Washington Capitals forward Troy Brouwer told MSG-Plus reporter Deb Placey during Thursday’s first-period intermission that beating a good team would “mean a playoff berth.”
These are the types of desperate teams the New Jersey Devils will have to play and beat if they want to be one of the Eastern Conference’s elite teams.
Yet, the Devils still found a way to win Thursday.
New Jersey claimed game one of the quirky back-to-back series, scoring two third-period goals to rally for a 3-2 win at Verizon Center.
Patrik Elias scored once, Ilya Kovalchuk potted the winner, and Andrei Loktionov netted his first goal as a Devil, as New Jersey gained its 10th win, jumping into sole-possession of first place in the Atlantic.
Matthew Perreault and Mike Ribeiro netted goals for Washington. The Caps fell to 5-10-1 and remain 15th in the East.
When Alexander Ovechkin is skating as he was Thursday, he really is fun to watch.
Ovechkin drew two penalties, and though he did not record a point, both penalties led to Washington power-play goals.
Ovechkin also led the Caps with four shots on goal and had two breakaways thwarted by Brodeur. He also missed the net a few times.
Brouwer was also on top of his game; he had two assists. His dangle around Henrik Tallinder led to Perreault’s second-period power-play goal.
Speaking of Tallinder, the much-maligned Devils defenseman was dreadful again Thursday.
There aren’t any stats to quantify just how bad he was, but watch the game and you’ll see. Twice his shoddy defensive play inspired the Devils to take a penalty, and his failure to corral Brouwer– then his inability to tie up Perreault– led to Washington’s first goal.
There are two other defensemen– Peter Harrold and Mark Fayne— who are healthy scratches from which Tallinder is taking a roster spot. Fayne, even if he’s injured, can’t possibly be worse than Tallinder.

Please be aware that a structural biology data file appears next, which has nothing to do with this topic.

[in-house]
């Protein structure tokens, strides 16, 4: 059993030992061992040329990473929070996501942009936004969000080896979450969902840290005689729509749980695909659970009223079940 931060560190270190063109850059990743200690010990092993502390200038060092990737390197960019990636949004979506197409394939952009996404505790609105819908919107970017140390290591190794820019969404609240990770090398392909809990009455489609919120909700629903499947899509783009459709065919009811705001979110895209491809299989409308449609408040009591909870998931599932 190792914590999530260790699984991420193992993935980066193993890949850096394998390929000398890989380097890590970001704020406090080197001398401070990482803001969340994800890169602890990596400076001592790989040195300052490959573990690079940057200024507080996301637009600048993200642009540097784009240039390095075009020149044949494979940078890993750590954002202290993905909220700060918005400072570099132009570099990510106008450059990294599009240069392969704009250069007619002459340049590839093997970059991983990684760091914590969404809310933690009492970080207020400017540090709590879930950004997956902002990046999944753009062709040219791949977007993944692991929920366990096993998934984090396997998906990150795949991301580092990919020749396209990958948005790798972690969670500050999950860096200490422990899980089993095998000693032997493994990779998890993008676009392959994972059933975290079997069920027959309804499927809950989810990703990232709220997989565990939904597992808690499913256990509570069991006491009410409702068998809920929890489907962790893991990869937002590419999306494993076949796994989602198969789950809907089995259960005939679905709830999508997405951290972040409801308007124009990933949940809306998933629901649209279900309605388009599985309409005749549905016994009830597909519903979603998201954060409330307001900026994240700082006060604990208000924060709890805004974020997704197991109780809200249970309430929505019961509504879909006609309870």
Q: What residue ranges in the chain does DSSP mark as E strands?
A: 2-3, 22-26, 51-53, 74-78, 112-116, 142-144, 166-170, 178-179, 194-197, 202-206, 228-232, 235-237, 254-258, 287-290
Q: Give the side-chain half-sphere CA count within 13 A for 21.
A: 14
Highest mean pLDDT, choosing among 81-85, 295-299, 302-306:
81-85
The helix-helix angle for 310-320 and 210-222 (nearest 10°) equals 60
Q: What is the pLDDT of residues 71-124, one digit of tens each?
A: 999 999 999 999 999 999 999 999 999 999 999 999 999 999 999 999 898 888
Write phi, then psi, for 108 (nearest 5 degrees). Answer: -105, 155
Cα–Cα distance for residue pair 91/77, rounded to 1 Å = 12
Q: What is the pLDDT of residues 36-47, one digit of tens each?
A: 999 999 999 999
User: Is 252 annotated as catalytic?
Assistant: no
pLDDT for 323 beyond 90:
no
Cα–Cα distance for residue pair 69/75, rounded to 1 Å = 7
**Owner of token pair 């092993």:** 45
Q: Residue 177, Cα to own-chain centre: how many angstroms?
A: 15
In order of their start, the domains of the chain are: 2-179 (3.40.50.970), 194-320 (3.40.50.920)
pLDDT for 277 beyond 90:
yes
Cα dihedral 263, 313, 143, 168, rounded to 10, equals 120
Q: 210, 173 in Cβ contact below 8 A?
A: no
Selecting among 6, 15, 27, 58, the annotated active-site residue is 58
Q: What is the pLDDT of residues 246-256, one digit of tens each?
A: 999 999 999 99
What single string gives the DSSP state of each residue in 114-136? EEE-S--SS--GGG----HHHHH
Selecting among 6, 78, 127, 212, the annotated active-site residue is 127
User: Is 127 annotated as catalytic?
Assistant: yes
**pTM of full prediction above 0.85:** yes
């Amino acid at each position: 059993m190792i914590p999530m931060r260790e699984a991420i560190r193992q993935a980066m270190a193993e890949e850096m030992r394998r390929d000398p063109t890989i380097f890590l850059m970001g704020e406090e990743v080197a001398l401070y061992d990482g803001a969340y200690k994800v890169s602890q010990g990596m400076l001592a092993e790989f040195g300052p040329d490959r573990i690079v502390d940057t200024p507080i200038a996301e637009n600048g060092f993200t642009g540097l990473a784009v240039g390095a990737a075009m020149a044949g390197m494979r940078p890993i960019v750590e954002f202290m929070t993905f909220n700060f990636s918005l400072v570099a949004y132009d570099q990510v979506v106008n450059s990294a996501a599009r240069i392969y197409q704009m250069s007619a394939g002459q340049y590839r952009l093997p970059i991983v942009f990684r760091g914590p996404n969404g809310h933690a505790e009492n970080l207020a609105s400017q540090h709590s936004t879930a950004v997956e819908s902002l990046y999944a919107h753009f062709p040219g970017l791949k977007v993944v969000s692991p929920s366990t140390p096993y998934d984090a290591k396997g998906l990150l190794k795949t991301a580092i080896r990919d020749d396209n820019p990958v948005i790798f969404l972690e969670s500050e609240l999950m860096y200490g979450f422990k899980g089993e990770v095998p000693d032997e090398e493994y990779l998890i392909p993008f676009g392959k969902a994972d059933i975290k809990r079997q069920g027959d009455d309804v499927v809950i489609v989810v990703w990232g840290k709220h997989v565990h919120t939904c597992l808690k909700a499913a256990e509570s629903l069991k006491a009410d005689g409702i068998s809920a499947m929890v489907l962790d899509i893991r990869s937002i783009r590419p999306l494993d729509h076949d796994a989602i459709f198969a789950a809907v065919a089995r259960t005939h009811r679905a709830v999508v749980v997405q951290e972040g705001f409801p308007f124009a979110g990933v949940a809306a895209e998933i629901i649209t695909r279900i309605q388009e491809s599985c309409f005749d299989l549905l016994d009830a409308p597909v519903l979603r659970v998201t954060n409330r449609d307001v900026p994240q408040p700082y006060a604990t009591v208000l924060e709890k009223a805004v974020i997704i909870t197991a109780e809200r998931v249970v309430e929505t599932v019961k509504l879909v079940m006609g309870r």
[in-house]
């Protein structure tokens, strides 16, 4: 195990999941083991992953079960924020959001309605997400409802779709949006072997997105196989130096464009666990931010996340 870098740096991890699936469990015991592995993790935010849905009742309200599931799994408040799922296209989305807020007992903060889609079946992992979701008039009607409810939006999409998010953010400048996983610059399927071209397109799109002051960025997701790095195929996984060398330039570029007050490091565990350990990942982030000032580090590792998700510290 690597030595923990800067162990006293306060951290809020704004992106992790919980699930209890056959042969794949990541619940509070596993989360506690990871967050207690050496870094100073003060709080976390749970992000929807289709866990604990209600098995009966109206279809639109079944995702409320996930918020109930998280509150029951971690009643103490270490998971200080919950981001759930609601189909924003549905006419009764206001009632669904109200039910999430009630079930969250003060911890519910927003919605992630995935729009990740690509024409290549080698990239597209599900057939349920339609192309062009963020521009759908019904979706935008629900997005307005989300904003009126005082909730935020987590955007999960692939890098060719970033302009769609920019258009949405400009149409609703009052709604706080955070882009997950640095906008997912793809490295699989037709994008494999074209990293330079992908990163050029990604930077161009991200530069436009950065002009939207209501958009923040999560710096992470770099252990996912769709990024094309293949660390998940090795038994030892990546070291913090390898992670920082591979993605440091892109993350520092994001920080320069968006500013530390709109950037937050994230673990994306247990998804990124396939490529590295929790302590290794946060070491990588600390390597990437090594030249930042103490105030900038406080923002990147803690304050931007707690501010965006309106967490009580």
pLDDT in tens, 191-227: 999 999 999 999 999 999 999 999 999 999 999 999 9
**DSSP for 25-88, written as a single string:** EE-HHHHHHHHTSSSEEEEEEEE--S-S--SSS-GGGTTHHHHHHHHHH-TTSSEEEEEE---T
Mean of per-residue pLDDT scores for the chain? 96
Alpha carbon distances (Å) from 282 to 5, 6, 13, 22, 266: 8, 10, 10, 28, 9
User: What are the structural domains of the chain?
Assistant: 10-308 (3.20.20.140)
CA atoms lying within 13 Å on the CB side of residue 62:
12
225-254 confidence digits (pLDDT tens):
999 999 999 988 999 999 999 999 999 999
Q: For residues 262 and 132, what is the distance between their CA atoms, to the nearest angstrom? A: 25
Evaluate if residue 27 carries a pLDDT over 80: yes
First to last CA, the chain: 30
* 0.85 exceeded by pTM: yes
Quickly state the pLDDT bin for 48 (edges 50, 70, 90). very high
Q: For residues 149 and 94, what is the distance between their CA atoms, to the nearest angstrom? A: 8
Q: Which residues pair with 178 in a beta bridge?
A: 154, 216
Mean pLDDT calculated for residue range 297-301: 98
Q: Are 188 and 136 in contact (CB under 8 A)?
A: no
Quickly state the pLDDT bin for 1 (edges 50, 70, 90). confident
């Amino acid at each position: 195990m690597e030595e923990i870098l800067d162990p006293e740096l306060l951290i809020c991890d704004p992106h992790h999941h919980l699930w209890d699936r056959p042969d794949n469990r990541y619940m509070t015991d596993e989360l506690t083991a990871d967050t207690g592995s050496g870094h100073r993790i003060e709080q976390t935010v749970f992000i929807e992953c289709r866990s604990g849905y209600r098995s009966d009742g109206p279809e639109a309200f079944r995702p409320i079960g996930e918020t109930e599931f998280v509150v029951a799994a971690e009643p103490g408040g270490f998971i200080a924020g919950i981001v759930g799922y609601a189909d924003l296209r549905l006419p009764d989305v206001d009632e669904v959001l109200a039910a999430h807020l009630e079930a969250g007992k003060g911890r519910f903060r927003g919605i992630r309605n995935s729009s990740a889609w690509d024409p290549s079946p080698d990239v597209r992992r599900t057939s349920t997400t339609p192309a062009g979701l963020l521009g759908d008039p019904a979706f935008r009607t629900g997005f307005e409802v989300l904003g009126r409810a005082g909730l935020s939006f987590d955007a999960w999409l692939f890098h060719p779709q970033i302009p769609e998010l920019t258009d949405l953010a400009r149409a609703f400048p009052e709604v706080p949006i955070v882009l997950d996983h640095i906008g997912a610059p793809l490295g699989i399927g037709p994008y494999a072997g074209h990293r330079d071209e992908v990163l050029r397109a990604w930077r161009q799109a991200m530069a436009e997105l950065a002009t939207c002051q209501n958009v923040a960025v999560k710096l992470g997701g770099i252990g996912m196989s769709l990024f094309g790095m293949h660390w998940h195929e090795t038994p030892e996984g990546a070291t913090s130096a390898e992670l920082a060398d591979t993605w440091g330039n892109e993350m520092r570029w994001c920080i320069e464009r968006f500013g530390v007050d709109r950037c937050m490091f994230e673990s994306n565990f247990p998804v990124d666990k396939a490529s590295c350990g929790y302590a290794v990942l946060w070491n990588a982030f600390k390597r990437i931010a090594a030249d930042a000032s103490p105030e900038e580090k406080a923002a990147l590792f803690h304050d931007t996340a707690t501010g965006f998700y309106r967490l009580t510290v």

Even though New Jersey only took four penalties, the Devils’ PK was lousy again Thursday.
The Devils surrendered two PP goals. New Jersey simply can’t kill penalties at a 50 percent clip and be an elite team. I spelled out their struggles– and that it may have started last year– but whatever the problem, New Jersey needs to shore that up fast.
When the Devils were down and out, a hybrid line delivered.
Loktionov, playing with Alex Ponikarovsky and Stephen Gionta, won a faceoff cleanly, and the puck dropped to Adam Larsson. The young defenseman fired a shot that Braden Holtby stopped, but Loktionov was johnny-on-the-spot at the side of the net to beat Holtby and tie the game.
The Devils were reeling after three consecutive failed power plays, but Loktionov’s goal gave New Jersey a much-needed momentum boost.
Kovalchuk’s game is really incredible.
Even before his third-period mark, the Devils horse led New Jersey with seven shots on goal and was on the ice a whopping 28:58.
It’s almost baffling that Kovalchuk has wind to play his regular shifts when he’s on the ice for two-minute power-play stretches, but it is a testament to his hard work.
New Jersey’s man-advantage certainly had enough chances, especially in the third period. The Devils were 1-for-6 on the power play– five of which came in the third period, two of those were five-on-three advantages.
Kovalchuk’s slap-shot beat Holtby with just 8:20 in regulation to break a 2-2 tie.
Elias had a two-point night.
His goal was shorthanded, and he had the primary assist on Kovalchuk’s third-period goal.
The Devils also outshot Washington 37-19. Holtby stopped 34 shots.
Elsewhere in the Atlantic
N.Y. Islanders (7-9-1) 4, Montreal (11-4-2) 3 (OT)
Ottawa (10-6-2) 3, N.Y. Rangers (8-6-2) 2 (SO)
Florida (5-7-4) 5, Philadelphia (8-10-1) 2
Up Next: Round two with the Caps in Washington is Saturday at Verizon Center at noon.
Pat Pickens is a lifelong Devils-fan and New Jersey native. To pay the bills, he works as a sports reporter for Hearst in Connecticut. Send him an email at firstname.lastname@example.org, or follow him on Twitter here.